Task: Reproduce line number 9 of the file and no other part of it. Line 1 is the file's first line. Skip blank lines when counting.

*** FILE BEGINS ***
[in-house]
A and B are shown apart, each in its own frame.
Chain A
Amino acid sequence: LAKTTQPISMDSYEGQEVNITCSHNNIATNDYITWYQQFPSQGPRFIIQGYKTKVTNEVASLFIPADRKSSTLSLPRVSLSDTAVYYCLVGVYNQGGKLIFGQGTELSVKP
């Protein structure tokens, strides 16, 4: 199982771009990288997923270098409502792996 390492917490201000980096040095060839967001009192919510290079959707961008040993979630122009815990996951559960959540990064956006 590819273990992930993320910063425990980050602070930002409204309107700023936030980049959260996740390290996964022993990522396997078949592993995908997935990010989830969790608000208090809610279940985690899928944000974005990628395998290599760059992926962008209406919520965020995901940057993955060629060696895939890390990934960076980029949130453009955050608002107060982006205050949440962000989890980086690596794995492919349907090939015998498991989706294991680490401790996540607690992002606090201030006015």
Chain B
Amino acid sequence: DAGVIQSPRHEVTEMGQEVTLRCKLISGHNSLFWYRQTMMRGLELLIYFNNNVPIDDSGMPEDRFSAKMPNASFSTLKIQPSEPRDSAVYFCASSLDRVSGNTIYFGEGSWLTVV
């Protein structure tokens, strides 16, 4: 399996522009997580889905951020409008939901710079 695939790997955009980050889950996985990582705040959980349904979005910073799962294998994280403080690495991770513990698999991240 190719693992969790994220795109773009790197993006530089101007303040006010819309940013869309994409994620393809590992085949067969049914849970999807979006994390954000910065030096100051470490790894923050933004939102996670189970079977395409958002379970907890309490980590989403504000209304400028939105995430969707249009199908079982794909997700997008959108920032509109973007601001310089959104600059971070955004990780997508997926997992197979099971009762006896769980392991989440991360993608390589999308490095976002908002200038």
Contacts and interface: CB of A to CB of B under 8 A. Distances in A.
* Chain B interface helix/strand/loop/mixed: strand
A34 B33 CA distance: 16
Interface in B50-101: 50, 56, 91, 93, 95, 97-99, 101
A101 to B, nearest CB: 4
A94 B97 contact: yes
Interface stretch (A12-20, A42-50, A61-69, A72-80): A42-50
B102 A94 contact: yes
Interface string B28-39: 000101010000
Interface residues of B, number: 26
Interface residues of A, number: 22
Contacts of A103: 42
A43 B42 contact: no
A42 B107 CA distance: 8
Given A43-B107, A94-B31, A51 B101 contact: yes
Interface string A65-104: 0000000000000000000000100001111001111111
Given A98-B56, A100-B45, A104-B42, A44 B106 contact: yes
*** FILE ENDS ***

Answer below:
Contacts and interface: CB of A to CB of B under 8 A. Distances in A.